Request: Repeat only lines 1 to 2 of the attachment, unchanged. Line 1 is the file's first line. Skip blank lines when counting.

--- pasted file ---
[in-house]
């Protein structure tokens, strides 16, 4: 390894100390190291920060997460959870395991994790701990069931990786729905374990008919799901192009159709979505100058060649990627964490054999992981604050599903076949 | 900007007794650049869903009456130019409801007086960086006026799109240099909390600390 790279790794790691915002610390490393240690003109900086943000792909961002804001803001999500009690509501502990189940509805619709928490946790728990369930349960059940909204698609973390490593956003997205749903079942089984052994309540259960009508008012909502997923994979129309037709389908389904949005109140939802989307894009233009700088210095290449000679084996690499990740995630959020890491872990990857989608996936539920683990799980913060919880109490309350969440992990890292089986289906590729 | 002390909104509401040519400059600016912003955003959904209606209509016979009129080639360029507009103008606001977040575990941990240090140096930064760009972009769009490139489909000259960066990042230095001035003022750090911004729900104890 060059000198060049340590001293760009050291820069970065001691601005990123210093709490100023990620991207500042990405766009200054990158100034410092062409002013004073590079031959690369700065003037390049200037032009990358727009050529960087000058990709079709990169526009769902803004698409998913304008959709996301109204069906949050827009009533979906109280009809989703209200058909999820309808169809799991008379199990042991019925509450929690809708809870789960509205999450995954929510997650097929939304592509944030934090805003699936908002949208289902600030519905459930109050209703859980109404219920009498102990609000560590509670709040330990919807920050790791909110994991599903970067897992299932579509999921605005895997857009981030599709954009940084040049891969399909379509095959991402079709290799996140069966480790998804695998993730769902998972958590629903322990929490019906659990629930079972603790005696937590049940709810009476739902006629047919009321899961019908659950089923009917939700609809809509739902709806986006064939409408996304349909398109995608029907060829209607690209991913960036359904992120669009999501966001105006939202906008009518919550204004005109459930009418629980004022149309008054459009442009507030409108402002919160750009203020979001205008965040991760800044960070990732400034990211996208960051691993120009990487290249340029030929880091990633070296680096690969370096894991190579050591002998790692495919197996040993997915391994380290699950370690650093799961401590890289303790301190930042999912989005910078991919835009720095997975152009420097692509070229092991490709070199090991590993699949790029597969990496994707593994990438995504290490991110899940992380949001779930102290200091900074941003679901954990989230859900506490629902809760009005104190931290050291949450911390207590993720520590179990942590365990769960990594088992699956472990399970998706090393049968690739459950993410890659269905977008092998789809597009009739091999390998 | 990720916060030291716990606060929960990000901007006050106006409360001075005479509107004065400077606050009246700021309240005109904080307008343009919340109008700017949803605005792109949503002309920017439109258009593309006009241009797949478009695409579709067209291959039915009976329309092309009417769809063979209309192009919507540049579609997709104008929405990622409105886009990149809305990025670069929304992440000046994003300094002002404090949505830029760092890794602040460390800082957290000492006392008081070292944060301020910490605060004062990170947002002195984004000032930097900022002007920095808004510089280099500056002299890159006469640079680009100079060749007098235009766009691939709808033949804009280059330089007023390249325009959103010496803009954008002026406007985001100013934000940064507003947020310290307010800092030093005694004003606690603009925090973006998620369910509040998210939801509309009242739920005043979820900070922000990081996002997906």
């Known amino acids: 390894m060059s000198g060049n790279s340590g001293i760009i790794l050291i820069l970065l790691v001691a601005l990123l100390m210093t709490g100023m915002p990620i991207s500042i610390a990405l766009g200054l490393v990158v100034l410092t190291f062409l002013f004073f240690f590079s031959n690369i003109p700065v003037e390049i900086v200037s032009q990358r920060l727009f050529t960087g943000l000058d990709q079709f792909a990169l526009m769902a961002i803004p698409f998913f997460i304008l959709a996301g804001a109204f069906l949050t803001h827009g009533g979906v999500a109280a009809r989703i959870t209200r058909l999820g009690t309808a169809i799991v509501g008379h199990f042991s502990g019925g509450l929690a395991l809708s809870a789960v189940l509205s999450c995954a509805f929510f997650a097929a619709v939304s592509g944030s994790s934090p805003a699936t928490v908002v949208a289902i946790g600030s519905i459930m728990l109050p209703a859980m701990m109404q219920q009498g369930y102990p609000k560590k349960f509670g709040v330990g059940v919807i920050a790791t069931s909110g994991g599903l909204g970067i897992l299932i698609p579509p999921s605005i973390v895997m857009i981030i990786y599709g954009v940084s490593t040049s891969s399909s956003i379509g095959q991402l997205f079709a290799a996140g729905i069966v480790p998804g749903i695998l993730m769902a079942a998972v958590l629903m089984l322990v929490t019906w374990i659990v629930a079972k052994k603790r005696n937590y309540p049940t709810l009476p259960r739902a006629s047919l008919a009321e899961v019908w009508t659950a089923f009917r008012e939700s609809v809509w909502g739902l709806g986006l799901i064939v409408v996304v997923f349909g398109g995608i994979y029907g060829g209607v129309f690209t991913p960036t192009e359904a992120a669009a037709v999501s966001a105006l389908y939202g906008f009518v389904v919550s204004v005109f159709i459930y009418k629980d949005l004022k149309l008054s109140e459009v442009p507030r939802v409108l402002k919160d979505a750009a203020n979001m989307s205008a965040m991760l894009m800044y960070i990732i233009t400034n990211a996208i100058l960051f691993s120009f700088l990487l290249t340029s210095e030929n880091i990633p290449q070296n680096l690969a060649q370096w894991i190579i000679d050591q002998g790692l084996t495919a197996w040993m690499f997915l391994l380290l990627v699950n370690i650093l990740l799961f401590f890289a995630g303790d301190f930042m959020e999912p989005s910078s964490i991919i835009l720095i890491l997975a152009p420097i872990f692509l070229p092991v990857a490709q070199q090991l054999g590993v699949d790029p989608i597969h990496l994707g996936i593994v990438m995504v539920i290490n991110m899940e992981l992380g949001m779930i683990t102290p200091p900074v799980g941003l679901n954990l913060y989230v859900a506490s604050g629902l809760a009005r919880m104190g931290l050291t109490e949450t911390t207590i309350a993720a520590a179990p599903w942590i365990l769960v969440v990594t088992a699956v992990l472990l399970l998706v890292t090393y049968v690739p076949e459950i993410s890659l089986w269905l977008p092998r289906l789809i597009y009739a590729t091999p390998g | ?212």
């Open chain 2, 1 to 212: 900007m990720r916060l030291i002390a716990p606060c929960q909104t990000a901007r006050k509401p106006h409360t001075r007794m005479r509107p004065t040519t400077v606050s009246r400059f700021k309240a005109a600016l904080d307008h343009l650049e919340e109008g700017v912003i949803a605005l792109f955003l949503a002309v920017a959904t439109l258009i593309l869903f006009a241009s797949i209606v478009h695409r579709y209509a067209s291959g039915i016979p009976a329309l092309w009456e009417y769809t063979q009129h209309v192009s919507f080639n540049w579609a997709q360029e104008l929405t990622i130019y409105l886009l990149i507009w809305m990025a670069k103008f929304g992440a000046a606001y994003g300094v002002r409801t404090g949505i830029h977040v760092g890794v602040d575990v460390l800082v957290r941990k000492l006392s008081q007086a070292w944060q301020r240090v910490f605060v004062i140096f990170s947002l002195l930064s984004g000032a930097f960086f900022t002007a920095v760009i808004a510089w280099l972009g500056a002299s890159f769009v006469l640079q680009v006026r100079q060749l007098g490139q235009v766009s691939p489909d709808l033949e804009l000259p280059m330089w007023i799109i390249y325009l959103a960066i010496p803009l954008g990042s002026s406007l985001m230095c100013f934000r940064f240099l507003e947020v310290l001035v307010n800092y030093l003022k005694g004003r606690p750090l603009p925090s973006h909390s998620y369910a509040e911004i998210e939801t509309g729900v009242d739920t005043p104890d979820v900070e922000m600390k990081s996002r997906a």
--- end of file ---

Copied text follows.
[in-house]
């Protein structure tokens, strides 16, 4: 390894100390190291920060997460959870395991994790701990069931990786729905374990008919799901192009159709979505100058060649990627964490054999992981604050599903076949 | 900007007794650049869903009456130019409801007086960086006026799109240099909390600390 790279790794790691915002610390490393240690003109900086943000792909961002804001803001999500009690509501502990189940509805619709928490946790728990369930349960059940909204698609973390490593956003997205749903079942089984052994309540259960009508008012909502997923994979129309037709389908389904949005109140939802989307894009233009700088210095290449000679084996690499990740995630959020890491872990990857989608996936539920683990799980913060919880109490309350969440992990890292089986289906590729 | 002390909104509401040519400059600016912003955003959904209606209509016979009129080639360029507009103008606001977040575990941990240090140096930064760009972009769009490139489909000259960066990042230095001035003022750090911004729900104890 060059000198060049340590001293760009050291820069970065001691601005990123210093709490100023990620991207500042990405766009200054990158100034410092062409002013004073590079031959690369700065003037390049200037032009990358727009050529960087000058990709079709990169526009769902803004698409998913304008959709996301109204069906949050827009009533979906109280009809989703209200058909999820309808169809799991008379199990042991019925509450929690809708809870789960509205999450995954929510997650097929939304592509944030934090805003699936908002949208289902600030519905459930109050209703859980109404219920009498102990609000560590509670709040330990919807920050790791909110994991599903970067897992299932579509999921605005895997857009981030599709954009940084040049891969399909379509095959991402079709290799996140069966480790998804695998993730769902998972958590629903322990929490019906659990629930079972603790005696937590049940709810009476739902006629047919009321899961019908659950089923009917939700609809809509739902709806986006064939409408996304349909398109995608029907060829209607690209991913960036359904992120669009999501966001105006939202906008009518919550204004005109459930009418629980004022149309008054459009442009507030409108402002919160750009203020979001205008965040991760800044960070990732400034990211996208960051691993120009990487290249340029030929880091990633070296680096690969370096894991190579050591002998790692495919197996040993997915391994380290699950370690650093799961401590890289303790301190930042999912989005910078991919835009720095997975152009420097692509070229092991490709070199090991590993699949790029597969990496994707593994990438995504290490991110899940992380949001779930102290200091900074941003679901954990989230859900506490629902809760009005104190931290050291949450911390207590993720520590179990942590365990769960990594088992699956472990399970998706090393049968690739459950993410890659269905977008092998789809597009009739091999390998 | 990720916060030291716990606060929960990000901007006050106006409360001075005479509107004065400077606050009246700021309240005109904080307008343009919340109008700017949803605005792109949503002309920017439109258009593309006009241009797949478009695409579709067209291959039915009976329309092309009417769809063979209309192009919507540049579609997709104008929405990622409105886009990149809305990025670069929304992440000046994003300094002002404090949505830029760092890794602040460390800082957290000492006392008081070292944060301020910490605060004062990170947002002195984004000032930097900022002007920095808004510089280099500056002299890159006469640079680009100079060749007098235009766009691939709808033949804009280059330089007023390249325009959103010496803009954008002026406007985001100013934000940064507003947020310290307010800092030093005694004003606690603009925090973006998620369910509040998210939801509309009242739920005043979820900070922000990081996002997906």